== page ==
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- Journeys Through Bookland - 10/71 -

And here and there a foamy flake Upon me, as I travel With many a silvery waterbreak Above the golden gravel,

And draw them all along, and flow To join the brimming river; For men may come and men may go, But I go on forever.

I steal by lawns and grassy plots, I slide by hazel covers; I move the sweet forget-me-nots That grow for happy lovers.

I slip, I slide, I gloom, I glance, Among my skimming swallows; I make the netted sunbeam dance Against my sandy shallows.

I murmur under moon and stars In brambly wildernesses; I linger by my shingly bars; I loiter round my cresses.

And out again I curve and flow To join the brimming river; For men may come and men may go, But I go on forever.



Among the most distinguished and interesting buildings in the town of Portland, Maine, is the rather severe-looking house built in the latter part of the eighteenth century by General Peleg Wadsworth. From the very date of its erection, this structure became the object of not a little pride among the citizens of Portland as the first in the town to be made of brick; but this local fame grew in the course of a century to world-wide celebrity when the dwelling came to be known as the childhood home of the most loved of American poets.

In 1808 the daughter of General Wadsworth, with her husband, Stephen Longfellow, and their two little children, removed from the house in the eastern part of Portland, where their second son, Henry, had been born a little over a year before, to live in the Wadsworth home. There the young mother, surrounded by the scenes endeared to her as those in which her own youth had been spent, devoted herself to the care and training of her children, while the father continued to pursue an honorable career as a lawyer and able representative, in public affairs, of the Federalist party. As the years passed, the little family grew considerably until it came to consist of four girls and five boys. Yet the mother found time for close companionship with all of her children and active interest in the affairs of each. And the father, though much occupied with duties outside of the home, watched carefully the progress made by his boys and girls and tried to put in their way the advantages that would help them to become rightminded and useful men and women.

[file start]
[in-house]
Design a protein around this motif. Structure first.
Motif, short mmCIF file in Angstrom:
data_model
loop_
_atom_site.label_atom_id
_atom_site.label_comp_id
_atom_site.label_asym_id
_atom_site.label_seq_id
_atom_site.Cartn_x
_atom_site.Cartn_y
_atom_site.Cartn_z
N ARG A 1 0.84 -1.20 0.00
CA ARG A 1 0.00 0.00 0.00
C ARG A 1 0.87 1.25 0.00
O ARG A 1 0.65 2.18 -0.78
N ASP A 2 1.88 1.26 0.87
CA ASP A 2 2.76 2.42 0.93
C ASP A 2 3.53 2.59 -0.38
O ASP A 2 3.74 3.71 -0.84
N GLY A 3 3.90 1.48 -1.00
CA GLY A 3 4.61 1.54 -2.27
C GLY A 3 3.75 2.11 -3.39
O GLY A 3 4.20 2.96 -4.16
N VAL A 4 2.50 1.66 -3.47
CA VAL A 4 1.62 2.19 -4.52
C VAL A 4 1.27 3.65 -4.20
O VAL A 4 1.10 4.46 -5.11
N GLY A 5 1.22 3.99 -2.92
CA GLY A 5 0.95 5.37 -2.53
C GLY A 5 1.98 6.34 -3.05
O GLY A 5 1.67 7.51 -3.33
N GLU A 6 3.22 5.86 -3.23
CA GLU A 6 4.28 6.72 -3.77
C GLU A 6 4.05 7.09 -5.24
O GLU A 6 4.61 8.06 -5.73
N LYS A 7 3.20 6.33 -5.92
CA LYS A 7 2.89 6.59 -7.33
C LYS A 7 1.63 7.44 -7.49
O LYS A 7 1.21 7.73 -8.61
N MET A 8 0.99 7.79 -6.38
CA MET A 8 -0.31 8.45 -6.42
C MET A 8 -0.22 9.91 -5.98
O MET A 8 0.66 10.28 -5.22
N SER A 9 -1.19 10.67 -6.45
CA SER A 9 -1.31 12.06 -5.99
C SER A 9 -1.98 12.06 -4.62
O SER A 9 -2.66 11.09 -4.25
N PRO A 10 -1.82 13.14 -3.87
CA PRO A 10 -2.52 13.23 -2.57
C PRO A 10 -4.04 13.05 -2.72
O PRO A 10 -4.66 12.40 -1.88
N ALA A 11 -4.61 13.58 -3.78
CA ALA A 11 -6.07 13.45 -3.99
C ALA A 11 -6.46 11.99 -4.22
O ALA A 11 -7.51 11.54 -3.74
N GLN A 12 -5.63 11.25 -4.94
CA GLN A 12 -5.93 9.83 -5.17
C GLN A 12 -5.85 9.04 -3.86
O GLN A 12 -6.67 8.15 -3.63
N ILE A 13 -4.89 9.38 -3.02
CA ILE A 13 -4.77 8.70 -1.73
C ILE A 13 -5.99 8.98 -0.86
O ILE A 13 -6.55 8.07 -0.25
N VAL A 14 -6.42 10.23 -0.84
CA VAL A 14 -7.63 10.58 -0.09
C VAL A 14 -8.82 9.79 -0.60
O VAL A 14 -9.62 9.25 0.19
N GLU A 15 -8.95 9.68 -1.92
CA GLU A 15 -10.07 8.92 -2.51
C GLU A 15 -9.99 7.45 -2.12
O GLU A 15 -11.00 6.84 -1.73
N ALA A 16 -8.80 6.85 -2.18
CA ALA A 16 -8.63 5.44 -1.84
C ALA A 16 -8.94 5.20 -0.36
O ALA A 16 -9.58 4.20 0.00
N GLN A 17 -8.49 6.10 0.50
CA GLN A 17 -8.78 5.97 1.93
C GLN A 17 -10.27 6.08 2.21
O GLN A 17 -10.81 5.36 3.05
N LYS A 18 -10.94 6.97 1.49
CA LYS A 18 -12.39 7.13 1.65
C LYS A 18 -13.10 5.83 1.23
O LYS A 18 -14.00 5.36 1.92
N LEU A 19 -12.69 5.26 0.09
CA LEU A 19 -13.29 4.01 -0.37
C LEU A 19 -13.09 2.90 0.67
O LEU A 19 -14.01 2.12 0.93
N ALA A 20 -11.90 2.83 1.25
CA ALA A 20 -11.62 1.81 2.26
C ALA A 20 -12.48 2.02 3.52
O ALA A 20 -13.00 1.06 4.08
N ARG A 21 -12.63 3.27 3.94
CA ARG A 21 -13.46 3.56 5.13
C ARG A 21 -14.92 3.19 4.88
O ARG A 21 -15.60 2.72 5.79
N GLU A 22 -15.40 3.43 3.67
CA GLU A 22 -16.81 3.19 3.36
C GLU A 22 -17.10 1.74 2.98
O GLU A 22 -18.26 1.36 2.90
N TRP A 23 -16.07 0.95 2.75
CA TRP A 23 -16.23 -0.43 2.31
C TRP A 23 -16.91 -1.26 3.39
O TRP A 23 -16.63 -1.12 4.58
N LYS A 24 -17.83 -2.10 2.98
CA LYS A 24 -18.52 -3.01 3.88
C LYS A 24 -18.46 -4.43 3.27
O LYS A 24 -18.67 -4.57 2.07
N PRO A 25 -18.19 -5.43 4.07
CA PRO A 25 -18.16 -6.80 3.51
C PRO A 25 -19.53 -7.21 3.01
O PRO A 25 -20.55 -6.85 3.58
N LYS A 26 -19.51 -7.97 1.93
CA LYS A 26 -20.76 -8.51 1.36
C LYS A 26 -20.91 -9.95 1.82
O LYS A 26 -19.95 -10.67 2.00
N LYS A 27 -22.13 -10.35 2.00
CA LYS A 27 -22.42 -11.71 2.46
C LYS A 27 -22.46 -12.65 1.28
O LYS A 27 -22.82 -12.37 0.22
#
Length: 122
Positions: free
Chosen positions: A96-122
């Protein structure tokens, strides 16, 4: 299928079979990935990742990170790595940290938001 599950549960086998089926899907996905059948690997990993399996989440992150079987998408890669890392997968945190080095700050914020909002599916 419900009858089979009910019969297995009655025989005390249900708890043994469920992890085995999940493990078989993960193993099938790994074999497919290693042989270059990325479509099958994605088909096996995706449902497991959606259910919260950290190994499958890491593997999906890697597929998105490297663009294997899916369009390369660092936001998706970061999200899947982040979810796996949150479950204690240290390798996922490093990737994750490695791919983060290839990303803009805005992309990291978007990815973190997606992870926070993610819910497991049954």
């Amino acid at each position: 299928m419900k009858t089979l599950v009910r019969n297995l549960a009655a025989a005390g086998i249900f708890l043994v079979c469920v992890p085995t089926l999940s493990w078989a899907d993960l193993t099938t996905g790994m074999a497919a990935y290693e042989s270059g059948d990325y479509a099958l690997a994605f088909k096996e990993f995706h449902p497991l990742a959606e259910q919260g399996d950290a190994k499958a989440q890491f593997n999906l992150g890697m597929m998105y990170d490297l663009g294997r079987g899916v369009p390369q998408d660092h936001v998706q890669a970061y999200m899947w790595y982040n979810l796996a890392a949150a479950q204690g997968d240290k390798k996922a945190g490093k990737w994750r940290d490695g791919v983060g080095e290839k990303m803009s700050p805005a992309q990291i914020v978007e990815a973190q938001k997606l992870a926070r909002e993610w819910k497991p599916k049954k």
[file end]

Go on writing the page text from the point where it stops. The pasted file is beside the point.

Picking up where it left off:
[Illustration: HENRY WADSWORTH LONGFELLOW 1807-1882]

Indeed, so wholesome and well-ordered was the Longfellow home that it must have been a pleasant place to look in upon when all the family had assembled at evening in the living room. While the mother read perhaps from a book of verse, for she was especially fond of poetry, and the father gave himself up to some work on history, theology or law, the children would study quietly for probably an hour or more. Then, their lessons prepared, they would draw up in a little group to listen to a story, possibly from the _Arabian Nights_, or would gather about the piano in the parlor where Henry would sing to them the popular songs of that day. Sometimes the music would become so irresistibly gay that the children would begin to dance to its accompaniment and to awaken the echoes of the staid old dwelling-house with sounds of unrestrained delight that would have fallen with startling effect upon the ears of their Puritan ancestors.

Always a leader in these amusements was Henry Longfellow. His lively nature found especial delight in social pleasures. In fact, when he was but eight months old his mother discovered that he wished "for nothing so much as singing and dancing." Then, too, he was fond of playing ball, of swimming, coasting and skating and of all the other ordinary games and sports. However, he was an especially thoughtful boy, and even from his earliest years was a very conscientious student and took pride in making a good record at school. During the years passed at the Portland Academy, where he was placed when six years old, he worked so industriously and with such excellent results that although he found it very hard--too hard in fact--to be perfect in deportment, his earnest efforts were recognized by the master of the school who sent home from time to time a _billet_ or short statement in which Henry's recitations and his general conduct were highly praised. The _billet_ was a matter of no small consequence to the boy, at least in the earliest part of his school life, for in his first letter--a few lines written with much labor when he was seven years old, and sent to his father in Boston--one of the four sentences that make up the curt little note announces with due pride, "I shall have a billet on Monday."